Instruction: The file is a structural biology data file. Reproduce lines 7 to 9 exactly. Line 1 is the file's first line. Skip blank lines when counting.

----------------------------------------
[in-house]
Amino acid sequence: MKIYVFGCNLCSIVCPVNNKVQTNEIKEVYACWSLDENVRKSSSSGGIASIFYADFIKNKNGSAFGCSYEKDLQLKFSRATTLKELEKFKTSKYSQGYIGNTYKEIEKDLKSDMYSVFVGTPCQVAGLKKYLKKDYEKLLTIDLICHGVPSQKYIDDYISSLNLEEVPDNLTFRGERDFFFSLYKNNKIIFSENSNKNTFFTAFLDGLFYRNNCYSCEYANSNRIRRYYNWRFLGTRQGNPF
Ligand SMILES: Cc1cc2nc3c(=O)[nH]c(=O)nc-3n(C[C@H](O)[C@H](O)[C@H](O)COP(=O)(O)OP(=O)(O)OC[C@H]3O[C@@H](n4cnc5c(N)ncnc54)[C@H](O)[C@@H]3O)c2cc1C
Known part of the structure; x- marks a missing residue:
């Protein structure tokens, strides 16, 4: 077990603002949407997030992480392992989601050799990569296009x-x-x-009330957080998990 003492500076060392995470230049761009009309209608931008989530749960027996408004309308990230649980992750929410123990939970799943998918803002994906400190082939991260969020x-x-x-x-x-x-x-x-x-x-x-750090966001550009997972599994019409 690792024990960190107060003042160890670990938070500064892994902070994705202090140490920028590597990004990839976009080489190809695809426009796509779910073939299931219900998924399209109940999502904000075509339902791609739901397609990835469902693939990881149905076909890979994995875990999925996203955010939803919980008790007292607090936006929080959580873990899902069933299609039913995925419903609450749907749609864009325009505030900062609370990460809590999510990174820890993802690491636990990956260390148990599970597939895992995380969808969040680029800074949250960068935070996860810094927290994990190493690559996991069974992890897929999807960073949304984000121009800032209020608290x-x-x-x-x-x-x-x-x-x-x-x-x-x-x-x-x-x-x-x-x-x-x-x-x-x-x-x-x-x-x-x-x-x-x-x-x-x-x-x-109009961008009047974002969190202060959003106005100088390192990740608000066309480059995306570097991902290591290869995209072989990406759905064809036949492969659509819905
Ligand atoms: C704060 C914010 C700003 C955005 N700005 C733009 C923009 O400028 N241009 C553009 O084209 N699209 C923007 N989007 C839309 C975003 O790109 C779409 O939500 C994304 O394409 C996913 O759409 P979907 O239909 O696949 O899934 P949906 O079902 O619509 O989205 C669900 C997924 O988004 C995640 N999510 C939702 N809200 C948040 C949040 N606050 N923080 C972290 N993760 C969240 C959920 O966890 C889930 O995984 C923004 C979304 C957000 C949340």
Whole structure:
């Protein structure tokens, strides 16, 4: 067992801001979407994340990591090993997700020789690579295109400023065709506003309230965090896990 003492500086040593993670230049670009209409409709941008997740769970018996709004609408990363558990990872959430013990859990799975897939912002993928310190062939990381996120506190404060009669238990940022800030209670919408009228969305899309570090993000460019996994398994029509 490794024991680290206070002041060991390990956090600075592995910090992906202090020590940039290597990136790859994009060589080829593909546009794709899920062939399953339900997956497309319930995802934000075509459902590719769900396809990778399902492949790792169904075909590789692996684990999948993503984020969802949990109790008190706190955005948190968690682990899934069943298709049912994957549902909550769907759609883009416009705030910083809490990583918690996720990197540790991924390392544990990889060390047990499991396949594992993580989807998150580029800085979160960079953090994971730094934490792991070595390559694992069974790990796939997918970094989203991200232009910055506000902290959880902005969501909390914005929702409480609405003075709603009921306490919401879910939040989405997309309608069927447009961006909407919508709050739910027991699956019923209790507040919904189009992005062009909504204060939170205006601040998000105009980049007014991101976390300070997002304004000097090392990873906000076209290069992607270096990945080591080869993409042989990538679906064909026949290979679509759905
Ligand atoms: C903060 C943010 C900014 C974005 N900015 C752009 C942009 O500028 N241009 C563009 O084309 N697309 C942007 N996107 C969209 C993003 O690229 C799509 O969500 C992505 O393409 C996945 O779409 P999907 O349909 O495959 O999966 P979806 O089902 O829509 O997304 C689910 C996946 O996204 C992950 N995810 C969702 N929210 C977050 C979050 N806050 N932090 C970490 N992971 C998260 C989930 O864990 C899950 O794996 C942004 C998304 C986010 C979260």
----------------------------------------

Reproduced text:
Whole structure:
């Protein structure tokens, strides 16, 4: 067992801001979407994340990591090993997700020789690579295109400023065709506003309230965090896990 003492500086040593993670230049670009209409409709941008997740769970018996709004609408990363558990990872959430013990859990799975897939912002993928310190062939990381996120506190404060009669238990940022800030209670919408009228969305899309570090993000460019996994398994029509 490794024991680290206070002041060991390990956090600075592995910090992906202090020590940039290597990136790859994009060589080829593909546009794709899920062939399953339900997956497309319930995802934000075509459902590719769900396809990778399902492949790792169904075909590789692996684990999948993503984020969802949990109790008190706190955005948190968690682990899934069943298709049912994957549902909550769907759609883009416009705030910083809490990583918690996720990197540790991924390392544990990889060390047990499991396949594992993580989807998150580029800085979160960079953090994971730094934490792991070595390559694992069974790990796939997918970094989203991200232009910055506000902290959880902005969501909390914005929702409480609405003075709603009921306490919401879910939040989405997309309608069927447009961006909407919508709050739910027991699956019923209790507040919904189009992005062009909504204060939170205006601040998000105009980049007014991101976390300070997002304004000097090392990873906000076209290069992607270096990945080591080869993409042989990538679906064909026949290979679509759905
Ligand atoms: C903060 C943010 C900014 C974005 N900015 C752009 C942009 O500028 N241009 C563009 O084309 N697309 C942007 N996107 C969209 C993003 O690229 C799509 O969500 C992505 O393409 C996945 O779409 P999907 O349909 O495959 O999966 P979806 O089902 O829509 O997304 C689910 C996946 O996204 C992950 N995810 C969702 N929210 C977050 C979050 N806050 N932090 C970490 N992971 C998260 C989930 O864990 C899950 O794996 C942004 C998304 C986010 C979260």